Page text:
FAWE has launched a campaign to de-stigmatise menstruation through "girl education movement" clubs in schools, where girls are taught to treat their periods as a normal occurrence not to be scared of.

The campaign to dispel silence around menstruation and advocate for affordable sanitary pads to be made available in local markets across the country piloted in five districts earlier this year.

The project is dealing with twelve primary schools in each district, conducting workshops with pupils to open up dialogue on the topic of menstruation. The pupils discuss anything from lack of sanitary pads, poor facilities for menstruation at school and in the community, as well as try

to find solutions.

Fatuma Wamala, programme officer at FAWE, says through the workshops they found that poor menstrual hygiene on the part of adolescent girls stem from beliefs, myths and attitudes within the community coupled with poverty.

"Many parents do not allocate any budget to sanitary materials for the girls especially in day schools," says Wamala.

She says FAWE'S advocacy has led to lower prices for sanitary towels on the open market and increased demand for sanitary towels in rural areas, where local shops are beginning to stock them.

It was FAWE's workshops with members of parliament and government officials which led to tax waivers on sanitary pads being announced by the finance minister in the 2006 national budget.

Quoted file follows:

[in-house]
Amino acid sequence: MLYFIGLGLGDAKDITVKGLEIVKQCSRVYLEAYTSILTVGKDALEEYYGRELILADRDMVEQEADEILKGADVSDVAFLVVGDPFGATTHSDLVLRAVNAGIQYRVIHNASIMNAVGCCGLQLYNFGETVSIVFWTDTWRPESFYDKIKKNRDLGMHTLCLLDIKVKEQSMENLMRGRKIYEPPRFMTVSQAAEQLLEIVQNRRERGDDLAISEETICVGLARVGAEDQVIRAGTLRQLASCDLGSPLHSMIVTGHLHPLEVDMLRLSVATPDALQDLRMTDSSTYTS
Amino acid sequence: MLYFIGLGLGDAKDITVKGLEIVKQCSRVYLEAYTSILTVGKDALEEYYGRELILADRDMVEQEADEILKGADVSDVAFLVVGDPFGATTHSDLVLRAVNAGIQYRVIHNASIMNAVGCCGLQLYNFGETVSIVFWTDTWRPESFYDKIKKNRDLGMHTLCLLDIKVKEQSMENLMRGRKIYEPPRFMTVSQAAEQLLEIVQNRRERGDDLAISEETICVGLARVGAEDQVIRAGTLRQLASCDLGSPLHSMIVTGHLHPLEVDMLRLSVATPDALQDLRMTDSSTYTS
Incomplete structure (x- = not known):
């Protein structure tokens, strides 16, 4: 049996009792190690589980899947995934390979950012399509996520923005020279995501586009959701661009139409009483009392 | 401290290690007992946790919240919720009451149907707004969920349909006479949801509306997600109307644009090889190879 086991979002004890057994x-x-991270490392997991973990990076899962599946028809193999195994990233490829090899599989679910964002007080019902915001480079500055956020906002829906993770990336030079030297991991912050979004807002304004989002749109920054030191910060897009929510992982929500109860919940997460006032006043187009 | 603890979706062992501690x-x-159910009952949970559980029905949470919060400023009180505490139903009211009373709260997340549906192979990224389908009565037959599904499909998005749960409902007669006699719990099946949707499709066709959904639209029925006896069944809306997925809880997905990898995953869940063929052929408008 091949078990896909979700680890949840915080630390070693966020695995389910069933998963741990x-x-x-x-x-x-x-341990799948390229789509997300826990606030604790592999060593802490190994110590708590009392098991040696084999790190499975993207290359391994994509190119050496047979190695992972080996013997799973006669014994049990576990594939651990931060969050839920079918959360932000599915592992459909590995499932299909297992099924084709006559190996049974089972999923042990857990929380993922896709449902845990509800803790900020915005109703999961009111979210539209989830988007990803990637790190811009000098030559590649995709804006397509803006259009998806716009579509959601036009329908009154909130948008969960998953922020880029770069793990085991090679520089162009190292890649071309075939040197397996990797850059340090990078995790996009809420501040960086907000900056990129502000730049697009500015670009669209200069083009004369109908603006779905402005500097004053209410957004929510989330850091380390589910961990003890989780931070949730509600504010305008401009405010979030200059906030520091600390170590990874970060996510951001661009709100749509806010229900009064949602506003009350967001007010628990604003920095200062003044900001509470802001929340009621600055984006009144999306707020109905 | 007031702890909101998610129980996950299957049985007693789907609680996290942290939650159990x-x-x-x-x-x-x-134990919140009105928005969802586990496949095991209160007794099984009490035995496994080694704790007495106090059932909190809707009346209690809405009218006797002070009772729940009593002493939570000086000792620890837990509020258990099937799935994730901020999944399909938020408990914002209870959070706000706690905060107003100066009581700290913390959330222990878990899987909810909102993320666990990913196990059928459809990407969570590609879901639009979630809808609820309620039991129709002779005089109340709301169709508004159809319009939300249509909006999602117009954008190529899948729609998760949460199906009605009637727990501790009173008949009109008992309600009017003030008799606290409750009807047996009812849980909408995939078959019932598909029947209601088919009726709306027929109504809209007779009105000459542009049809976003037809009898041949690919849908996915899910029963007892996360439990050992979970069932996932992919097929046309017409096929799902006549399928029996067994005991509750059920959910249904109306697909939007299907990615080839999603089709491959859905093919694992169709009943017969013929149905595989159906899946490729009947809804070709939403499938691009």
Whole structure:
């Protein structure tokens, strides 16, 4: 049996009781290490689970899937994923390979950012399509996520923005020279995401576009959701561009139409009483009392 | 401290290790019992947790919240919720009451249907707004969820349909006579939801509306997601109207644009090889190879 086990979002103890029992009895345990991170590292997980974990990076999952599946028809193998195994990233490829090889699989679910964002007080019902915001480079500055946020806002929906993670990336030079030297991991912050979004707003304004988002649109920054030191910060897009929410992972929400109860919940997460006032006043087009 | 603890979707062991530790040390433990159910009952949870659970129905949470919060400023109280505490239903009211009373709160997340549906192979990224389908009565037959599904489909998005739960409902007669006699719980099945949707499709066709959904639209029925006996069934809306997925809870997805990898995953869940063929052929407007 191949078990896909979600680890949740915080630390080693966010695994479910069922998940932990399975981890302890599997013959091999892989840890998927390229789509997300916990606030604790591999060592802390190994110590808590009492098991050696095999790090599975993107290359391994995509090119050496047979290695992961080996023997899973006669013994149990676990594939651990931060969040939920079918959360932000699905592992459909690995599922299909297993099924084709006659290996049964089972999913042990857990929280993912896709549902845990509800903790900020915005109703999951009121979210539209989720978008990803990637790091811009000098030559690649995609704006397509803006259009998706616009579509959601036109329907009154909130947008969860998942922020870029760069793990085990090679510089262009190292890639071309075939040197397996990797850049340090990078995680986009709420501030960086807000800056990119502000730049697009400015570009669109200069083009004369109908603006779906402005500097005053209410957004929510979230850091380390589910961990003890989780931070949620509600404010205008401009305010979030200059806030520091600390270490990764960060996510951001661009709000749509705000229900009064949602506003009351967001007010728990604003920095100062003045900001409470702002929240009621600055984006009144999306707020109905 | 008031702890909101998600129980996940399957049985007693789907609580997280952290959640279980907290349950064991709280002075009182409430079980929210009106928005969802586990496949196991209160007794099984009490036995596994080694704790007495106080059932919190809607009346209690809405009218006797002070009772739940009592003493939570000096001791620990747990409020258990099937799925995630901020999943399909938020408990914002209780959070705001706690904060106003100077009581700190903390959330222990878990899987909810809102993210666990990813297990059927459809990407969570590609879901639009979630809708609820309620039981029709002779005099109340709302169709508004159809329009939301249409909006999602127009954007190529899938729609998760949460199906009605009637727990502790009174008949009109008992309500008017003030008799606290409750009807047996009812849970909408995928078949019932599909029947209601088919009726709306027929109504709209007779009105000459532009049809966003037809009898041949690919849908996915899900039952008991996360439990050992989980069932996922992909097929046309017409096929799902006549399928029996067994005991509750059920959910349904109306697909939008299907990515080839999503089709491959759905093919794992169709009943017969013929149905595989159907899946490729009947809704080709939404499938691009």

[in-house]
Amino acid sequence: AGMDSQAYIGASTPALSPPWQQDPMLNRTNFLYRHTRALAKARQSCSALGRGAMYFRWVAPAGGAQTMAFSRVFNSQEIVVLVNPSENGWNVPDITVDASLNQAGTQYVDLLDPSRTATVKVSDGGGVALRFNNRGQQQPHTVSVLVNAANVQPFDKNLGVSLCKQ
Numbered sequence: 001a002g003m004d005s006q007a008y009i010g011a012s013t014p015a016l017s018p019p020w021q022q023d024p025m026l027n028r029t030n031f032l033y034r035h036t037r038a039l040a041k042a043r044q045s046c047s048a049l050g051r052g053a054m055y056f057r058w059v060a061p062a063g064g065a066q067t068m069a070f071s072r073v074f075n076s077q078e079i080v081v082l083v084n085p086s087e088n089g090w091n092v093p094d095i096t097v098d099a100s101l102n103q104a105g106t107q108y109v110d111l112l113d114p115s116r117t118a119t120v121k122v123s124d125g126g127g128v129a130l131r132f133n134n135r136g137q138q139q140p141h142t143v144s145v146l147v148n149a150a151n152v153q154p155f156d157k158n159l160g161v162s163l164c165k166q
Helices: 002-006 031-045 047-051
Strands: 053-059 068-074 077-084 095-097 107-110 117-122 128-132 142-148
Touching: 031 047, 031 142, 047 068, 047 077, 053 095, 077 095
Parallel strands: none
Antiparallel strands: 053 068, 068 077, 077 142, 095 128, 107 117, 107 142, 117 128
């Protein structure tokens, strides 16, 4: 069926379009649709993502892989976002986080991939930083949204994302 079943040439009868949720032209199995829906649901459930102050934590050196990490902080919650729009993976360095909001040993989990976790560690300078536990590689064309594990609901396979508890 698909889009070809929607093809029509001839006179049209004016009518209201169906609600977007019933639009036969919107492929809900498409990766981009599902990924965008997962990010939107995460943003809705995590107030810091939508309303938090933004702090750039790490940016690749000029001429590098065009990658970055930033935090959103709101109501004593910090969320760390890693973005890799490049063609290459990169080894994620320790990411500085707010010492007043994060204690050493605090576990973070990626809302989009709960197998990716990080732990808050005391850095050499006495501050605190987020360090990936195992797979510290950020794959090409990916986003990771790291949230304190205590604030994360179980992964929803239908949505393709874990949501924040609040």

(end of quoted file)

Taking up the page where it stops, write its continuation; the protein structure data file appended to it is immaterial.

Now the lawmakers want government to go further and buy sanitary pads for female pupils in primary schools. Nabilah Sempala, a woman member of parliament for Kampala Central constituency, says government should include the cost of sanitary pads in the budget of the universal primary education.


kazey 8:09 pm  

Very sad..Perhaps a foundation should start giving out pads. That is one initiative that would make a huge impact.

I would gladly donate to such initiative.

Any Ugandans in the house?

Myne Whitman 10:06 pm  

I'm sure some places in Nigeria with similar attitiudes and SES will have the same issues...

Anya P 12:25 am  

Forget about Menstrual Pads which are disposable, these girl should be given DIVA CUPS & thought the proper way to use them hygienically. Diva cups can last up to ten years, thus; breaking away that dependence on sanitary pads.

And separate toilets are ESSENTIAL! I wonder if anything similar is going on in remote parts of Nigeria.

Akin 1:36 am  

Hello Jeremy,

I am really surprised by this development.

Hardly 3 years ago a ZanaA had partnered with Dr. Musaazi of Makerere University to distribute locally produced and affordable sanitary pads called Makapads.